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One-variable Data Analysis

Dotplot and Bar graph

Introduction: We have various types of methods for organizing data as well as for arranging data. In order to see patterns and shapes and for presenting an immediate impression of everything about the data, graphical displays are very useful. Generally, we are use Dot plots, Bar charts, Histograms and Stemplots for representing the data because all the graphical displays should be clearly labeled, leaving no doubt what the picture represents.

Dotplot: A dotplot is used to illustrate categorical data [i.e., the data which can be classified into a group]. It is a very simple type of graph that represents the data values with dots, above the corresponding values on a number line.

Bar graph: A bar graph is used to illustrate qualitative data [i.e., categorical data]. It is a common visual display to compare the frequencies of categories or groups. The horizontal axis in bar graph contains categories and the vertical axis in the bar graph contains frequencies (or) relative frequencies. It is used in agricultural, sports, commercial and scientific data.

  • Example: The Centers for Disease Control and Prevention lists leading causes of death in females in the United States during 2009.
    Cause of Death Percent
    Cancer 34.6
    Heart disease 14.4
    Stroke 3.8
    Other 47.2
    The above given data can be displayed in the following bar chart (or) bar graph.
    The relative frequencies of different results are indicated by the heights of the bars representing these results.
Histogram and Stemplot

Histogram: A histogram is used to describe quantitative data. It is composed of bars of equal widths and variable lengths. The horizontal axis in histogram contains numerical values and the vertical axis in the histogram contains frequencies (or) relative frequencies of the values (often intervals of values). It is used in industry, commerce, physics and education sector. It is also used in calculating mode of a frequency distribution.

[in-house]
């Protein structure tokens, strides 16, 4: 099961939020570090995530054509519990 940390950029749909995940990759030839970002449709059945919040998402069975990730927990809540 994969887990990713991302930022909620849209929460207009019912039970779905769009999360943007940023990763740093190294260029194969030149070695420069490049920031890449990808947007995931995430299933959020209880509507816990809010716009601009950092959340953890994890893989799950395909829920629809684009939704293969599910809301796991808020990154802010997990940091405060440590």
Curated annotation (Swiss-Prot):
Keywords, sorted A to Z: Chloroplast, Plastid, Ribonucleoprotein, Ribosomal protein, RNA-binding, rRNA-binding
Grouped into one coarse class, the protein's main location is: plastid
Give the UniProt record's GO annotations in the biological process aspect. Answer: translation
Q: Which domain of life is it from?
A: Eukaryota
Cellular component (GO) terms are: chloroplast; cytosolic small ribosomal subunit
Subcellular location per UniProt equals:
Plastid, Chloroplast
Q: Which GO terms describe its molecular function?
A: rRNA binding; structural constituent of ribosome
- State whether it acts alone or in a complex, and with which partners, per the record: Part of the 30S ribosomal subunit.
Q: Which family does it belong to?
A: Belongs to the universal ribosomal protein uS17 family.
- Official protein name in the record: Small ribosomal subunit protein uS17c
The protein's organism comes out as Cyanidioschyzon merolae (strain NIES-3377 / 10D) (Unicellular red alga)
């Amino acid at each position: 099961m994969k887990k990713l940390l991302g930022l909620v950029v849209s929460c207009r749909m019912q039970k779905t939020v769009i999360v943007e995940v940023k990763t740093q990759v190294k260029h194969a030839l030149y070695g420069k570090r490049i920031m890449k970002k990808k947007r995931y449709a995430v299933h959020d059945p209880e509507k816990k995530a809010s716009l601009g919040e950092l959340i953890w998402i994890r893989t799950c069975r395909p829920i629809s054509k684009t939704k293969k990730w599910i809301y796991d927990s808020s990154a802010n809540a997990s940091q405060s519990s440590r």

• Example: Here are the magnitudes (on the Richter scale) of the 1264 earth-quakes in the National Geophysical Data Center (NGDC) data:

    Like a bar graph, a histogram plots the bin counts as the heights of bars. In this histogram of earthquake magnitudes, each bin has a width of 0.2, so, for example, the height of the tallest bar says that there were about 235 earthquakes with magnitudes between 7.0 and 7.2. In this way, the histogram displays the entire distribution of earthquake magnitudes.

Stemplot (or) Stem and Leaf display: Histograms provide an easy to understand summary of the distribution of a quantitative variable but it doesn't show the data value itself. Stem and leaf display is like a histogram, but it shows the individual values.

Stemplot is little bit complicated than dotplot. Each data value has a stem and a leaf. There are no mathematical rules for what constitutes the stem and what constitutes the leaf. With the given score data, we might choose first digit as stem and second digit as leaf. So the number 54 in a stem and leaf plot would show up as 5 | 4. All the leaves for a common stem are often on the same line and listed in increasing order.

Pie Chart or Circle Graph

Statistical data can also be presented in the form of a pie chart (or circle graph). It shows the relationship between a whole and its part. Here, a circle is divided into various sectors, in proportion with the various component parts of the total.

The following pie chart represents the expenditure (in percentage) on various items and savings of a family during a month.

Steps for the construction of a pie chart
Step 1: Take the total value of all the items equal to 360°.
Step 2: Convert all components of the data into degrees using the following formula:
Degree of any component =
Step 3: Draw a circle of appropriate radius.
Step 4: Draw any radius (preferable horizontal). With this radius as base line, draw an angle at the center equal to the degree represented by the first component. This angular ray will touch the circumference of the circle. In the same way, construct a second sector and other sectors one after the other using the same procedure.
Step 5: Different sectors representing various component parts should be distinguished from one another by using different shades.
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